The Washington Post reported that President Trump’s proposed budget for 2019 includes “$266 billion in cuts to Medicare, which provides health insurance to 58 million Americans 65 and older and people with certain disabilities.” While the administration’s budget plan isn’t expected to receive much attention in Congress, it does highlight the growing attention policymakers are paying to the growing cost of Medicare.
Medicare has become one of the biggest drivers of federal government spending. A major driver of Medicare’s cost is the overall increase in health care costs which are projected to grow at a rate 1 percent faster than the overall economy between 2017 and 2026, according to the Centers for Medicare and Medicaid Services.
Medicare, though, is growing even faster. CMS calculates that Medicare spending grew 3.6 percent to $672.1 billion in 2016, or 20 percent of the total amount the country spends for health. And, says CMS, spending on Medicare between now and 2026 is projected to increase by 7.4 percent per year, significantly faster than increases in overall health care spending.
The future of Medicare has huge implications for Minnesota. According to the Minnesota Department of Health, about one in every six Minnesotans – 16.7 percent – is covered by Medicare. While Minnesota’s cost-efficient health system does a good job of managing Medicare spending – the cost per beneficiary in Minnesota is $7,721 or 9.4 percent less than the national average – trend lines are not promising. Between 2007 and 2014, actual per capita costs in Minnesota grew by 26.5 percent or more than twice the 11.6 percent national increase.
The good news is that Minnesota Medicare beneficiaries have significantly lower rates of high cholesterol, high blood pressure and coronary heart disease than the national average. Because those with chronic health conditions spend eight times as much on health care as people without chronic conditions, according to the Minnesota Department of Health, keeping Medicare beneficiaries healthy is a critical cost-saving measure.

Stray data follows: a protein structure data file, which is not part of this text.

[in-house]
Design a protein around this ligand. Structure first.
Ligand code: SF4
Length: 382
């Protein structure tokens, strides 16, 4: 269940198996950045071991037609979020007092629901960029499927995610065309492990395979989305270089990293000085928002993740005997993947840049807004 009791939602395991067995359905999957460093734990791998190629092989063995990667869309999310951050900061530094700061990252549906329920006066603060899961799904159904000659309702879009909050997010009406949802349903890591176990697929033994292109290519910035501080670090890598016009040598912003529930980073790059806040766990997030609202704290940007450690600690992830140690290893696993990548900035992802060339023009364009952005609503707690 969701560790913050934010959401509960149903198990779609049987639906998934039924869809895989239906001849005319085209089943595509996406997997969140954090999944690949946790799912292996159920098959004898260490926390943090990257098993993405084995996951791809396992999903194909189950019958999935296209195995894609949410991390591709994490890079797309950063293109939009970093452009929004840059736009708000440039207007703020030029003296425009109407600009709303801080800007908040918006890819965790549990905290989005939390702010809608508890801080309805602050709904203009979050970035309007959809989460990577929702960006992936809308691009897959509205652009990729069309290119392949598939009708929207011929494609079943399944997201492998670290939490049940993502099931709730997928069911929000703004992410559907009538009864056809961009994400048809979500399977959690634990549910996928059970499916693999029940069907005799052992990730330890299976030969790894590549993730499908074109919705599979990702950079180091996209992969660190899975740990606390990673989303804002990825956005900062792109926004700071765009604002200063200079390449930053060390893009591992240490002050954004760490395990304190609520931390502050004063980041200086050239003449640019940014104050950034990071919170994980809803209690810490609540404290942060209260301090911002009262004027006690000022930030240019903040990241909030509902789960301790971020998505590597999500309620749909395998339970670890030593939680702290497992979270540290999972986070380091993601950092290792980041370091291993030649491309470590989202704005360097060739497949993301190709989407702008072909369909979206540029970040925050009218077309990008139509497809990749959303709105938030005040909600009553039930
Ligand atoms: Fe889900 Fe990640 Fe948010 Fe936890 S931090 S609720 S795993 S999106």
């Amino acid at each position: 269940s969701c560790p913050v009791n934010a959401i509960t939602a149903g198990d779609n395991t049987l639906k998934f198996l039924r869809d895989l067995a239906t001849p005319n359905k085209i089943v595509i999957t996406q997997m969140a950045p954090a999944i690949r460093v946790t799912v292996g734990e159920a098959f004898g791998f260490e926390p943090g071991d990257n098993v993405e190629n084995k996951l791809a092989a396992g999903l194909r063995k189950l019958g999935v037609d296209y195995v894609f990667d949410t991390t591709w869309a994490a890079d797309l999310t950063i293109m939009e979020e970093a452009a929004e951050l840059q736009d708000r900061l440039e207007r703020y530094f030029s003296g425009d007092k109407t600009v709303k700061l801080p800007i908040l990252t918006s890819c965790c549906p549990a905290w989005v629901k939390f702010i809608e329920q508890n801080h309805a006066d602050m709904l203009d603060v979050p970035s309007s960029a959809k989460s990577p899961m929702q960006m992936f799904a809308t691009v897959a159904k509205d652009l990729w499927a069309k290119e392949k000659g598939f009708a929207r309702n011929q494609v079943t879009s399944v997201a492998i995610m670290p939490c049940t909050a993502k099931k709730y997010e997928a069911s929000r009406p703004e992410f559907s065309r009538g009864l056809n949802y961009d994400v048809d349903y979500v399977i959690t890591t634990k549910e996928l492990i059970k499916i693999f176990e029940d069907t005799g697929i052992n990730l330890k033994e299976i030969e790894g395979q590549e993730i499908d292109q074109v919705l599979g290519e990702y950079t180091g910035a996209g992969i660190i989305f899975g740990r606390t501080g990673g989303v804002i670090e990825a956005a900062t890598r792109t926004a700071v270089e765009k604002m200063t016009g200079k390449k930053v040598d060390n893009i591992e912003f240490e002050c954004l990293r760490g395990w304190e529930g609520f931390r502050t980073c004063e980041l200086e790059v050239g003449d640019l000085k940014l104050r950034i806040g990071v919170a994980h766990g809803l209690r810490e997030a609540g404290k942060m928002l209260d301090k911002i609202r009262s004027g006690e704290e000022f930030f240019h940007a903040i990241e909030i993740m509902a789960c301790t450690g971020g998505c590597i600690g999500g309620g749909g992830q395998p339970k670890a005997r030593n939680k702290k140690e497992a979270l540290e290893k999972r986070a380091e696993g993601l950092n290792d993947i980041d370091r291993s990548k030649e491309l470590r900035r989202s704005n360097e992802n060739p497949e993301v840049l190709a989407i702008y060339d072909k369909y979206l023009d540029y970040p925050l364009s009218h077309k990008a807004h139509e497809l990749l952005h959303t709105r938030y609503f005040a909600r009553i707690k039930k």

There is no earnings cap for the Medicare tax. An employer and employee is each taxed 1.45 percent on a worker’s entire wages. And, above $200,000 in wages (for an individual), and an additional .9 percent is withheld for Medicare taxes.
The rising cost of health care, longer life spans and more chronic illnesses are contributing to a severe underfunding of Medicare. According to a study by the Urban Institute, a two-earner couple with a work history of average wages will receive $244,000 more in benefits than they paid in taxes if they retired in 2010. But because the cost of health care is rising so rapidly, that same couple retiring in 2030 would receive $379,000 more in benefits than they paid in taxes.
Several proposals have been floated to fix Medicare’s funding problem. Although the solutions vary – often driven by political ideology – they typically include one or more of the six proposals outlined in a July 2017 CBS “Moneywatch” segment:
- Increase payroll taxes current workers pay to the (Hospital Insurance) Trust Fund to support Part A benefits (Part A covers hospital care).
- Increase income taxes paid to the general federal fund to support benefits paid for Parts B and D. (Parts B and D cover doctor visits and prescription drugs.)
- Increase premiums retirees and beneficiaries pay for Parts B and D.
- Increase deductibles and co-payments retirees and beneficiaries pay for Parts A, B and D.
- Improve efficiency in the medical care delivery system, so that it takes less money to care for retirees and beneficiaries. Often this involves implementing incentives to use efficient providers and disincentives to use inefficient providers.
- Improve the health of retirees and beneficiaries.
Two other proposals often mentioned include raising the age for eligibility and “means-testing” the benefits – the wealthier are eligible for fewer benefits.
As the Moneywatch segment acknowledged, “None of these steps will be easy or popular. The harsh reality is that everybody will feel the negative consequences of any solution to Medicare’s funding challenges.”